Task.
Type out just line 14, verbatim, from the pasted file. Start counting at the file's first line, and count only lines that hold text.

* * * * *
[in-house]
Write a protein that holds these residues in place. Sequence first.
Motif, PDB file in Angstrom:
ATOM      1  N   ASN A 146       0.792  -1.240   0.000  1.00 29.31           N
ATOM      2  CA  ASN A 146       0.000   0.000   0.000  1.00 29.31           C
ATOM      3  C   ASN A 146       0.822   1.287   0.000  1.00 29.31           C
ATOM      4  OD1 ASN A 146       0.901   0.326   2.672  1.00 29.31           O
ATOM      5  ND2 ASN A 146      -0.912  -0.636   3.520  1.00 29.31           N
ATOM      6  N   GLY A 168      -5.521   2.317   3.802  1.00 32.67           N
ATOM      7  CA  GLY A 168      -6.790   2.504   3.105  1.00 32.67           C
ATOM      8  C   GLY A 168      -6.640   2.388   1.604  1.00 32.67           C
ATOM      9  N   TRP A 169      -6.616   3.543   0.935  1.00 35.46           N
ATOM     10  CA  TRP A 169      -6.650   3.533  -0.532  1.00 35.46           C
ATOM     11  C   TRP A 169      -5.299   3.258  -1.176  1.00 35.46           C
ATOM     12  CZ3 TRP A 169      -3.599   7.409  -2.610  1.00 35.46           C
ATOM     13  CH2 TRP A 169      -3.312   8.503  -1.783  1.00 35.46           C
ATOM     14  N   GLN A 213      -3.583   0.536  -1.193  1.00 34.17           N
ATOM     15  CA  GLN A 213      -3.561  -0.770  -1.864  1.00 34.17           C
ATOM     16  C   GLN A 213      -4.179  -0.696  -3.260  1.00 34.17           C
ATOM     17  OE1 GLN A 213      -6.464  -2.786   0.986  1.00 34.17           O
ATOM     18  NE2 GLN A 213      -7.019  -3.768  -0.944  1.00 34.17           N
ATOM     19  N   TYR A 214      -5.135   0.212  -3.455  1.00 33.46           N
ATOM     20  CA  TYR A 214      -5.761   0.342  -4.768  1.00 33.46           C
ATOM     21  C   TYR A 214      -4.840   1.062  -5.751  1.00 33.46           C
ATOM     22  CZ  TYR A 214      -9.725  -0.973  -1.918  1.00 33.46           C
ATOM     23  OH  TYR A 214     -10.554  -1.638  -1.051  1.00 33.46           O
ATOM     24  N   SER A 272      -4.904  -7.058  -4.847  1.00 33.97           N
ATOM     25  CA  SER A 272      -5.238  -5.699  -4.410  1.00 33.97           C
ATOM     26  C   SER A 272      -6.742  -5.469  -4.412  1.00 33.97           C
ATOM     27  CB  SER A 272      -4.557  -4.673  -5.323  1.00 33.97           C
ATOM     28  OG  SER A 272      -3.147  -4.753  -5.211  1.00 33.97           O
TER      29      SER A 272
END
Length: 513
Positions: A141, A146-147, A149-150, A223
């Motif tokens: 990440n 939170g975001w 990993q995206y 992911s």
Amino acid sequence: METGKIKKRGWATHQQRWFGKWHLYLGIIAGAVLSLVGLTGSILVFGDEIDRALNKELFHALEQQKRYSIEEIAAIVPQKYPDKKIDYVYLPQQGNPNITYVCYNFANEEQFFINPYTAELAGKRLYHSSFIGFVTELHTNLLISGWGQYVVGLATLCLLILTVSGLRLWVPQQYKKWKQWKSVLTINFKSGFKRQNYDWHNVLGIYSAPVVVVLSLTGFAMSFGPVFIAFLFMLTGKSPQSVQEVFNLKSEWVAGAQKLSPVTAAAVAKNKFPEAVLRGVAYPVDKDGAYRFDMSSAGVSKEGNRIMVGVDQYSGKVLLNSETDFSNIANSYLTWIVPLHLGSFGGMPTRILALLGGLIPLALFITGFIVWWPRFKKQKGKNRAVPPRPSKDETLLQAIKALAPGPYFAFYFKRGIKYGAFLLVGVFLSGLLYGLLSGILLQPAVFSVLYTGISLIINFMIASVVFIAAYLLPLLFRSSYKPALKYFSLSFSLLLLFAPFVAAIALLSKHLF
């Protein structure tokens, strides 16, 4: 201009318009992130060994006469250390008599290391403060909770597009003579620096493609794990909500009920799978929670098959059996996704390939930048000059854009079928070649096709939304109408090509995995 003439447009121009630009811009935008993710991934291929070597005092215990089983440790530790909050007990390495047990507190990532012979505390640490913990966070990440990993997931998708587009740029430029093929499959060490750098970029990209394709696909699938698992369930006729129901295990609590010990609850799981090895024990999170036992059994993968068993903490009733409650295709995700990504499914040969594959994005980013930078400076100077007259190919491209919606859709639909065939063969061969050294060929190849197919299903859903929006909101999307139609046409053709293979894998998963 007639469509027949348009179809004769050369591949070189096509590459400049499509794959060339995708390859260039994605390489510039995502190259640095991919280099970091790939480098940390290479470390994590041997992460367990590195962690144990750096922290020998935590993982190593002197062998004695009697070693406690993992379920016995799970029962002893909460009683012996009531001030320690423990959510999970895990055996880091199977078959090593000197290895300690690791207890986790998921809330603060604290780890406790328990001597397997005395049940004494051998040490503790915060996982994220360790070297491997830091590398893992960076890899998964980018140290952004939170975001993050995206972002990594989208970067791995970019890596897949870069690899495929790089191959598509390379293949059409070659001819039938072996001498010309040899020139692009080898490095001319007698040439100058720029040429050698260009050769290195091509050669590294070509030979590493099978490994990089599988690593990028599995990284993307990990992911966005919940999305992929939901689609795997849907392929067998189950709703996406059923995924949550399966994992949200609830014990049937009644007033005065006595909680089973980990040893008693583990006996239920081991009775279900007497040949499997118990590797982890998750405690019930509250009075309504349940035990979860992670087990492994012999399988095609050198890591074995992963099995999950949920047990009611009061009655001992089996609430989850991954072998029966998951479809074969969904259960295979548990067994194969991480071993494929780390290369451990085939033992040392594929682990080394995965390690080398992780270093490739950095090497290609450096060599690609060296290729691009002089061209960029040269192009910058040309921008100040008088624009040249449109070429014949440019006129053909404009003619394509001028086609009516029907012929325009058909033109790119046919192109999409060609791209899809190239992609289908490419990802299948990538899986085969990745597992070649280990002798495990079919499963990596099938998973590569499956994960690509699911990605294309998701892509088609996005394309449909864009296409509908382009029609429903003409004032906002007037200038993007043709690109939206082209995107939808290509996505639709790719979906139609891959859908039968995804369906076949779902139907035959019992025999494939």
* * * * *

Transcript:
ATOM     11  C   TRP A 169      -5.299   3.258  -1.176  1.00 35.46           C